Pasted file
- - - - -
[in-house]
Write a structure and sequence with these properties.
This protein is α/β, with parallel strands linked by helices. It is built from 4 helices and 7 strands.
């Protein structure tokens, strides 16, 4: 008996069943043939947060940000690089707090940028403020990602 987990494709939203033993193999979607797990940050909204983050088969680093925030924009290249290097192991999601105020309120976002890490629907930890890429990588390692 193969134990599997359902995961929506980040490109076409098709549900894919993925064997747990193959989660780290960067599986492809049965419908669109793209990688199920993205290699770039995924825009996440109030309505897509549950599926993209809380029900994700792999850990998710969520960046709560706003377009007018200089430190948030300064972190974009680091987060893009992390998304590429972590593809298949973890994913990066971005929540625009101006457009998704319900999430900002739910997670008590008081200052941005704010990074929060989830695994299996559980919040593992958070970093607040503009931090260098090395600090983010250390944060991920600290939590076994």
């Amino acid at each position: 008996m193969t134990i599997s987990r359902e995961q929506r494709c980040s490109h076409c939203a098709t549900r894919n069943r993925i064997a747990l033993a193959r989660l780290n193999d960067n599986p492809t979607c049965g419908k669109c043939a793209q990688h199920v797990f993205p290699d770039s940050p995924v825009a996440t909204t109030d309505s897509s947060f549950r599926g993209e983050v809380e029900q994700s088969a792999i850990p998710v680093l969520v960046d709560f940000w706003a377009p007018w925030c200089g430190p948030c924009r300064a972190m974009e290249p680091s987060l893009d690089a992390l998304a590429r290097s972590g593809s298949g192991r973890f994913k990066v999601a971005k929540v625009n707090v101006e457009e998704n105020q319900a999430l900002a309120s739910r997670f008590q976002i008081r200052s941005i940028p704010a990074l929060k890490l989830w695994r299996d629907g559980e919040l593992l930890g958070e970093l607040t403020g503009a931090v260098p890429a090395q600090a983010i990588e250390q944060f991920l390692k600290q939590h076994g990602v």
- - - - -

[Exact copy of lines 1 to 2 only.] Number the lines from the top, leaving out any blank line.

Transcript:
[in-house]
Write a structure and sequence with these properties.